Korea, German style

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Korea, German style


The British may have invented the game of soccer, but they turn babyish and clumsy when they face the Germans. They joke that “the only way to improve the Anglo-German relationship on the football field is if they let us win once in a while.” No matter what star players they fielded, fouls they made and racket they raised on and off the pitch, the English team lost almost every important game against Germany. Germans seldom lose their cool so on the field. They just do their thing - all skill, strength and impeccable teamwork. They give nothing away and hold fast to FIFA’s No.1 ranking.

I recently met Yoon Jeung-hyun, a former finance minister. He is well-versed in international affairs and successfully hosted the Group of 20 meeting for finance ministers and central bank governors in Seoul in 2010. I asked him what had been the most memorable speech. Without hesitation, he named the address by former German Chancellor Helmut Schmidt to the German Social Democratic Party conference in 2011 as the best public speech of the 21st century. The 93-year-old veteran politician stood on the podium for an hour to preach on the continuing need for European unification. He was addressing Germans as they resisted financing and bailing out money-losing Greece. The German public was outraged the country was expected to pay for Greece’s profligacy and recklessness.

German Chancellor Angela Merkel was stuck between mounting pressure from other European Union members to do more to help out and a disgruntled and resentful public at home. Merkel’s conservative coalition lost in major elections and faced a growing dilemma over what to do about Greece. She was on the verge of losing power if coalition partner Social Democrats pulled out. This was when the party’s bigwig stepped up and persuaded the coalition to hold its ground with a powerful, unequivocal message. Schmidt took the audience back through the long history of wars and conflicts in Europe, “as a very old man thinks naturally in long time spans.”

Then he expounded on why Germany had to be “in and with Europe.” He reminded his countrymen and party members that “we Germans have made others suffer under our central power position” and that “all our neighbors still have suspicions” and Germans for generations have had to live with this historic burden. He argued that a common debt was inevitable and Germans must not refuse to accept it. “We Germans must gain clearness about our own task, our role within the context of European integration,” said Schmidt. His message was clear - help support Merkel to save the European Union. His landmark speech served as a game changer.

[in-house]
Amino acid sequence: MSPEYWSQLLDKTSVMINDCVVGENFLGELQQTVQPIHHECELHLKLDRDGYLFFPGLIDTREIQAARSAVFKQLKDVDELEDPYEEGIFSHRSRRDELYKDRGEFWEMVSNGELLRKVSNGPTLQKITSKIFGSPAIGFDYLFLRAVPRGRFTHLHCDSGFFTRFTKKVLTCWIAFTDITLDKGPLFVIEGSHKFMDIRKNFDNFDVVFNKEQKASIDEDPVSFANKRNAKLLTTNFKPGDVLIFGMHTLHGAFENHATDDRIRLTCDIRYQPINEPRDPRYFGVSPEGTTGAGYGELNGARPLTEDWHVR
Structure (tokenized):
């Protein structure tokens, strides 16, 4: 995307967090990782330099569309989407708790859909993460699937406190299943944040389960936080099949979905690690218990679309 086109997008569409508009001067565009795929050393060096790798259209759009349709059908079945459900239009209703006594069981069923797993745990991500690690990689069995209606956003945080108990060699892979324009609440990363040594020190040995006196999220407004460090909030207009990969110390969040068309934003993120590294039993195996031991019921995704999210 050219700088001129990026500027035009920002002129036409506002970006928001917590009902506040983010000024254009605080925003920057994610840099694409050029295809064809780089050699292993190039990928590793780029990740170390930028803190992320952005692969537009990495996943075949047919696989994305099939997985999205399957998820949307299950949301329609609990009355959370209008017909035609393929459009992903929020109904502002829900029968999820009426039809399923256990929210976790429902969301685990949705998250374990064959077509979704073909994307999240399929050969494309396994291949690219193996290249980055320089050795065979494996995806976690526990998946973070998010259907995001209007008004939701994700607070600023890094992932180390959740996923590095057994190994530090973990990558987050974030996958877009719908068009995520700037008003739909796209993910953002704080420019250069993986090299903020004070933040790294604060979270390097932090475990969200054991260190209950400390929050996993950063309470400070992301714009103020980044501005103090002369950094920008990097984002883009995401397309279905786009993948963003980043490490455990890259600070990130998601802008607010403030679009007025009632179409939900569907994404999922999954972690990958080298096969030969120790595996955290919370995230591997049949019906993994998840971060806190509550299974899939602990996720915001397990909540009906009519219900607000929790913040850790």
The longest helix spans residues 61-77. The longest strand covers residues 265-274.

It is not easy to comprehend German political leaders. They put the interests of the country before their own even when votes are at stake. Former Chancellor Gerhard Schroder in 2010 launched “Agenda 2010,” the biggest postwar labor and social welfare reform, despite strong resistance from his own left-wing Social Democratic Party with its voter base drawn largely from laborers. Schroder’s party lost the subsequent election, but the ailing German economy was revived thanks to greater flexibility in the labor market because of the reform. The right-wing party does the same. Merkel persuaded her conservative Christian Democratic party to close down nuclear reactors and expand welfare plans, including increasing the minimum wage by accepting the demands from its left-wing counterpart.

In the field of politics, Koreans are as childish compared with the Germans as the British are with football. They are busy drawing lines, even on the same team. How would our politics look if we were to import German-style politicking? Main opposition leader Moon Jae-in would declare in a party convention that welfare populism is beyond the country’s affordability and demand the overhaul of universal welfare programs. President Park Geun-hye would admit that greater welfare benefits without raising taxes are delusional and persuade the ruling conservative party to push ahead with tax increases on wealthy individuals and companies. We may finally see the end of never-ending knee-jerk opposition and political wrangling between two traditional rival factions.

The German way of soccer, welfare and politics is envious, but not easy to mimic. About 80 percent of Germans are middle-class and centrist. When they were persuaded that their country most benefited from the integration of European currency, they went along with the plan to help out the Greeks. They had confidence in their political leaders that they have a bigger picture in mind and would work for their best interests. It is why four chancellors have led the country - each for 10 years stably - in coalition for the last 40 years after unification. Germans have devout admiration for wise politicians. Schmidt, at 96, is still a heavy smoker. Despite a ban against smoking, the old politician is allowed to enjoy his smoke anywhere, anytime saying a puff from the wise is no pollution.

JoongAng Ilbo, Mar. 17, Page 30

*The author is a senior editorial writer of the JoongAng Ilbo.

by Lee Chul-ho

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